WAB weekend (le Kremlin-Bicêtre)  


Les Secrets de l'Atlantide   (2-3 June 2007)

 

Dennis Klinkenberg and I entered the French campaign weekend "Figurine et Stratégie under the aegis of FFJH - La Levée en Masse" in Le Kremlin-Bicêtre for the second time. Usually this campaign weekend is on the third weekend of June.

 

 

It was a very interesting weekend with at least 75 players in several games, like WAB, DBx and Wild West skirmish games. The 30 WAB players were divided in several time periods, including chariot wars, classical period (the Atlantis campaign) and medieval period. The Classical period had eight players. We all played 4 battles this weekend and a final showdown with all players each with only one unit, just for fun. Dennis played with an AoA successor army (Seleucids), and I entered with a Carthaginian in Italy army. Admission was only 24 euro, including two breakfasts and two lunches.

There were players from France, England and the Netherlands. I can recommend this weekend to everyone, as all players could speak English. And especially for potential players from the Netherlands: Paris is only a 4 or 5 hours drive away from Holland...

 

 

Fighting to control Atlantis

There was a bit of fantasy incorporated into the campaign, as each winning unit gained favours from the Gods. This could be an extra armour save for your general, but also a trident from Poseidon, a lucky dice reroll anywhere in the game or some oracle points.

The Carthaginian Celts and Skirmishers

 

A summery of the battles I played:

 

Carthaginians against Romans

The Romans (Stéphane) played a refused left flank. All their units, except a barbarian light infantry unit, were within 20 inch from the right edge of the table. A nice tactical decision in which the player could make perfect use of the drilled option of his EIR Romans and the fast march.

Unfortunately he had not reckoned with the Gods. As it turned out, my skirmishers were blessed by extreme luck in guessing distances and ducking, and the managed to stay out of charge range by centimetres, and nearly all javelin throws were misses. This gave me the time to form a trap for the Romans, and dominate the table. A minor win, and first part of Atlantis conquered.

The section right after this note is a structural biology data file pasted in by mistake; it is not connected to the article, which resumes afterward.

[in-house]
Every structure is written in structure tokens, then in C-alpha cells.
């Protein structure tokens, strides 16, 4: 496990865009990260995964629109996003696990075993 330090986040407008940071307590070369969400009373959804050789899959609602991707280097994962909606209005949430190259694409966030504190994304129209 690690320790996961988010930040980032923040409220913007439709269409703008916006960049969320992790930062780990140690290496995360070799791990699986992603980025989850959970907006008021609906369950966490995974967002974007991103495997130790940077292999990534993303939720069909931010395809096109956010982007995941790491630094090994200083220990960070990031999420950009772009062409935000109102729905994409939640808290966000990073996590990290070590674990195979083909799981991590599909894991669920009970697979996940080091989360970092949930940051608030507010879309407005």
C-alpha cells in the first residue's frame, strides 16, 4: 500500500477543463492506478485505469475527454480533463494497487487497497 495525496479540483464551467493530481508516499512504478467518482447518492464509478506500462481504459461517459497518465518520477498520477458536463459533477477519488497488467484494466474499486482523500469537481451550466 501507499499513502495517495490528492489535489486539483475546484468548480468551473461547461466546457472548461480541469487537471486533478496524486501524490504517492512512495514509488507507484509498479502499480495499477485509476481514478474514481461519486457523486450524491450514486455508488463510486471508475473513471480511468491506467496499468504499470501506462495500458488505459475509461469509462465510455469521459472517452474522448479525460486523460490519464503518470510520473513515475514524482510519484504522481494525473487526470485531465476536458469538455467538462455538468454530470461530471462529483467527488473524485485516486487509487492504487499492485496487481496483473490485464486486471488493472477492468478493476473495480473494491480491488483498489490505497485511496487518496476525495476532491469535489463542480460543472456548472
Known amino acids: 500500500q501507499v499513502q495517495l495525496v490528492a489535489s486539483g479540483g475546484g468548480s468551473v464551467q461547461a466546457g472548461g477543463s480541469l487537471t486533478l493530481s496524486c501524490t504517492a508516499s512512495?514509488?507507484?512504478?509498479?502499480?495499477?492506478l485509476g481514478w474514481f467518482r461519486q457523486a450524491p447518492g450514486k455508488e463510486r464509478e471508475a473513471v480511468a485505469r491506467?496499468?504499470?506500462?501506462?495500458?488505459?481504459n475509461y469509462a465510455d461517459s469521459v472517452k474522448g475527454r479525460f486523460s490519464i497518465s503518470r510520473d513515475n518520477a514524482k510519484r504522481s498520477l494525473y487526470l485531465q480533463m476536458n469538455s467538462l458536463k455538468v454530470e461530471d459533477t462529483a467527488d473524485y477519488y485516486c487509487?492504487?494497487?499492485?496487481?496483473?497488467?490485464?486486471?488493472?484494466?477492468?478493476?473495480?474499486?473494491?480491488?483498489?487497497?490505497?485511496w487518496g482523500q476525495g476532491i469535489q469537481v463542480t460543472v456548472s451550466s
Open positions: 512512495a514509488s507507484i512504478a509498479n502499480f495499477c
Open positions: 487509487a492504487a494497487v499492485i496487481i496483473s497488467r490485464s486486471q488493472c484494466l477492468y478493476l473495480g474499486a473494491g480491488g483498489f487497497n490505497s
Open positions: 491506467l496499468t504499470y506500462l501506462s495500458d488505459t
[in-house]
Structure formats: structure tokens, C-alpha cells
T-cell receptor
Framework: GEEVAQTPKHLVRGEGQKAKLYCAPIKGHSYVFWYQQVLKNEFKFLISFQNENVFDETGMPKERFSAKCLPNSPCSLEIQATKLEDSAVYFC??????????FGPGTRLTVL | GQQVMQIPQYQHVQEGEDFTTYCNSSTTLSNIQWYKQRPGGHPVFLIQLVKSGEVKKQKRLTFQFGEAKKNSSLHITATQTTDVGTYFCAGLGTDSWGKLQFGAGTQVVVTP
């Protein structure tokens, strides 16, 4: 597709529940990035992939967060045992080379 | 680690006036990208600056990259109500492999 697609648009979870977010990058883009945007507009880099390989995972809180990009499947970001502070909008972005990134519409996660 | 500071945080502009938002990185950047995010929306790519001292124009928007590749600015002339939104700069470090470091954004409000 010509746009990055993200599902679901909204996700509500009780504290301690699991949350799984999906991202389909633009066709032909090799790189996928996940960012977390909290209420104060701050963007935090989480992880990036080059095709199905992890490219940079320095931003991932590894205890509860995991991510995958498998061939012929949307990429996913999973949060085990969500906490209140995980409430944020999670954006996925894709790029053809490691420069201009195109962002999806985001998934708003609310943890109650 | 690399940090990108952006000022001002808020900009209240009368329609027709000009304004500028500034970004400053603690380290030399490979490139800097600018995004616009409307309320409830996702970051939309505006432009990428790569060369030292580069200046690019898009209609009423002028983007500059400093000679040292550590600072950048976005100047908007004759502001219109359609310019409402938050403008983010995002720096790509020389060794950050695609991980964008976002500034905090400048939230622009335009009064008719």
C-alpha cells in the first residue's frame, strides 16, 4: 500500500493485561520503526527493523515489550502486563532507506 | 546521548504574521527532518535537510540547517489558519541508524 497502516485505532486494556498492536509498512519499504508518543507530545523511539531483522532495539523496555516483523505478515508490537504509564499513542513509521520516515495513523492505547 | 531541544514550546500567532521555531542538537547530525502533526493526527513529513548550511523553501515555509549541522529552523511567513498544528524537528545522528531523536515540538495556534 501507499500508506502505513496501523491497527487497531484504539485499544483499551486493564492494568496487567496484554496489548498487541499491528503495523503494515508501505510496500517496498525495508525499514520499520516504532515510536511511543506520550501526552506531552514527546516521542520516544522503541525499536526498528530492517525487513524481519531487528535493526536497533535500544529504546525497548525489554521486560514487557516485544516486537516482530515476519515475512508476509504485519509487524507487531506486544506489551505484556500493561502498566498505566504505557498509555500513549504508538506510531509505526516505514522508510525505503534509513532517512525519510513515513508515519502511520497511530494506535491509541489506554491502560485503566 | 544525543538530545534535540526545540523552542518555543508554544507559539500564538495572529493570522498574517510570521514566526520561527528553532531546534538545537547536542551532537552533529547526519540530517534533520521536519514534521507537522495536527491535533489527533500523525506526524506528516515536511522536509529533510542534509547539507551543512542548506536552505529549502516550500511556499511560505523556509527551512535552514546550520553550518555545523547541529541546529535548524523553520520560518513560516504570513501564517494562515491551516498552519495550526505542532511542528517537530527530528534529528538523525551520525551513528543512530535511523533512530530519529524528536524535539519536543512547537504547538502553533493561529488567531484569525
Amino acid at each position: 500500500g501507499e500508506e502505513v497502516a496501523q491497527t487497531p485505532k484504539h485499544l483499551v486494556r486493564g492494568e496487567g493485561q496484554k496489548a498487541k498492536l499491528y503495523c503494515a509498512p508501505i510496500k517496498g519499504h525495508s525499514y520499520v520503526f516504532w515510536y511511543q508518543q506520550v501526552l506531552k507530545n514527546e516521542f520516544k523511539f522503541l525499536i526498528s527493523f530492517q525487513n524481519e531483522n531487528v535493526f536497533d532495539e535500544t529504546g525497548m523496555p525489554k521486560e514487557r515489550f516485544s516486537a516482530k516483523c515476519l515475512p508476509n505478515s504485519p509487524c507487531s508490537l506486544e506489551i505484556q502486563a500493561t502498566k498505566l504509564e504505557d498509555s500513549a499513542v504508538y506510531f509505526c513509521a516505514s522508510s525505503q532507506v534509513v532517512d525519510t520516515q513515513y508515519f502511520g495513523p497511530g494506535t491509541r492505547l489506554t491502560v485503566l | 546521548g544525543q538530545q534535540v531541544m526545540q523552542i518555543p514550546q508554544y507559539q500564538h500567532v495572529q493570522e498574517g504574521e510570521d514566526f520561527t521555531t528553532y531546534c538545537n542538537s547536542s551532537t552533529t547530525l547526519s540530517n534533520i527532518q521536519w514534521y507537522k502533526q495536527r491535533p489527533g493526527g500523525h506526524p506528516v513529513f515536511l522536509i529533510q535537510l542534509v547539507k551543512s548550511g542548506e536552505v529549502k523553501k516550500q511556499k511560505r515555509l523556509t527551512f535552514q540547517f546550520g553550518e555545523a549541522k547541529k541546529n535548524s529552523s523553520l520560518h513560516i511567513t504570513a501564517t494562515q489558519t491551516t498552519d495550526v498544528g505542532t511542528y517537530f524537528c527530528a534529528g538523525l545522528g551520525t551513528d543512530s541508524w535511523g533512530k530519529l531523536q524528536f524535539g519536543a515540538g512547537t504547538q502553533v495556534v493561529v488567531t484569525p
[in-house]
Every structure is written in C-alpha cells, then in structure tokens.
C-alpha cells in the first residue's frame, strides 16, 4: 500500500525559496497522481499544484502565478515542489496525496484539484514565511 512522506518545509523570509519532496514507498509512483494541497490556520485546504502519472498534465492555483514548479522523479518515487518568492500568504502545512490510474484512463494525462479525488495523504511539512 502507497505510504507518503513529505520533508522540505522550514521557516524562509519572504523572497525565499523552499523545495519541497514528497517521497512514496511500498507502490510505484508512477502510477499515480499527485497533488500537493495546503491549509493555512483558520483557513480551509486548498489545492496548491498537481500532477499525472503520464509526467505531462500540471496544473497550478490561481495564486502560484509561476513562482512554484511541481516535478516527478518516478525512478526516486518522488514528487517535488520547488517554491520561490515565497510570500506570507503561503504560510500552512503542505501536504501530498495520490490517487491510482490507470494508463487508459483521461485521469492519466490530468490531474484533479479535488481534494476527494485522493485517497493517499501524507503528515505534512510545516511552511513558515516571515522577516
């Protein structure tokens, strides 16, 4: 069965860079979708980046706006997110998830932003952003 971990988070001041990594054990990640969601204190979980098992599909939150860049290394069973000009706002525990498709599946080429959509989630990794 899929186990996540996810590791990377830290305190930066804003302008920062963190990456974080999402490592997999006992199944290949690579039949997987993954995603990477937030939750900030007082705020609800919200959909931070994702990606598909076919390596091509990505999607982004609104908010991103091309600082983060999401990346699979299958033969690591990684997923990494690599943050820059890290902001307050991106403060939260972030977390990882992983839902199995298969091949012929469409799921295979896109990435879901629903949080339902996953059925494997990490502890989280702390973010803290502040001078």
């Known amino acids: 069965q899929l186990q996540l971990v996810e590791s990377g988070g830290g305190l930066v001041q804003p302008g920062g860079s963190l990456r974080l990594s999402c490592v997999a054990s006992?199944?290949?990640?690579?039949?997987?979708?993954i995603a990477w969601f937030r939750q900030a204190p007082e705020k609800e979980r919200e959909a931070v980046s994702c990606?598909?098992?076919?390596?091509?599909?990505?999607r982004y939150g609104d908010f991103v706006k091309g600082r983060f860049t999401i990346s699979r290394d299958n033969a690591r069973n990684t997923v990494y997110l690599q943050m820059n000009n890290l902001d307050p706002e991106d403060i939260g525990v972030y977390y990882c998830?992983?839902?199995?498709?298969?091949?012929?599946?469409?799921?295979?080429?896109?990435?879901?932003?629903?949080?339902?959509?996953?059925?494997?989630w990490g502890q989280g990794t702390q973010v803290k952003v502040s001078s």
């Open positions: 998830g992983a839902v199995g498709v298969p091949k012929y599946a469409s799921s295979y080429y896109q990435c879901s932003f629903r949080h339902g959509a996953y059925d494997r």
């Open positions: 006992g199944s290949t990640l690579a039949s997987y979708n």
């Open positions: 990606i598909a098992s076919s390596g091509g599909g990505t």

Carthaginian in a civil war

Spanish Scutarii

It is nice to play against someone with an army from the same period (second Punic war in Italy by Jean-Yves) to see what his choices of units were, and what his tactics were. My opponent did not use an elephant or Celtic infantry, but more Italian light infantry and cavalry. The deployment of my elephant restricted the movement of his cavalry very much, negating his advantage in cavalry on the flanks. In the centre, the light Italian infantry, as it turned out, were no match for my trained Africans and  Celtic veterans. They broke and the following panic nearly totally destroyed his centre. Although he managed to rally most of his army, the cohesion of his army was lost, and that finally resulted into defeat.

The Gods gave me the use of 1D6 hits strength 3 for the following games for this victory against my own people (Gods don't care much about the internal dealings of humans).

 

 

Carthaginians against Chinese

The appearance of a Chinese army (Thomas) on Atlantis finally proves that Atlantis is situated at the coast of China, and not in the Atlantic ocean, as suggested before.

This was a difficult game. I lost my army standard bearer in the duel before the game started (another vicious idea of the Gods), and playing against an army from another book often is very difficult. The first turns were not going my way at all. But tyche (fortune) was again at my side, when a stampeding elephant came too close to the army general and his retinue, and they fled of the table!

That incident turned a losing game against crossbows and skirmishers with double handed weapons in a chance to win. With regained trust I moved forward. The game ended in a draw.

 

On Saturday evening we went for a drive through Paris (Montmartre), and ate at a restaurant near the basilique du Sacré Coeur.

 

Carthaginians against Greeks

The last game was against an AoA Greek army (Eric). This battle was very exciting. Both of us liked the "chess quality" of WAB, and we manoeuvred as if our life depended upon it. The Gods seemed to favour me, and after 5 and a half turns I had the Greeks were I wanted them: completely surrounded, artillery silenced, cavalry shot down to the last man and no oracle points left.

It was my last turn, only three units of hoplites left to destroy, to gain a devastating victory over the Greeks. And I had the charge. It was a chance of exactly one in a million that the Greeks could win this. And as is universally known: chances of one in a million pop up nine times out of ten.....

 

Very lousy dice rolls. No luck in leadership test. Breaks. Panics. All lost.... 

 

 

Sometimes the excitement became too much for some of the umpires. Normally they cooled down after a few minutes...

Conquering the temple

As a "dessert" we played a fun game with all players. Every player could choose one unit and his general. In a circle around the temple of Atlantis we had the same target: to hold the temple at the end of one round. Turns were taken randomly. A destroyed unit could be replaced by another choice from your army. We faced a Seleucid wedge, a Greek hoplite unit, Barded Chinese horse, Thracians, Roman legionnaires and Carthaginian Celts. Outstanding debs were paid off and we had quite a lot of laughs with this funny little endgame.

 

Dennis Klinkenberg won all of the four battles and the campaign with his Seleucids.

 

 

 

 

 

Many thanks to the organisers Jérôme Grebet and Matthieu Batiste, and all others that attended and organised this fantastic gaming weekend!

 

 


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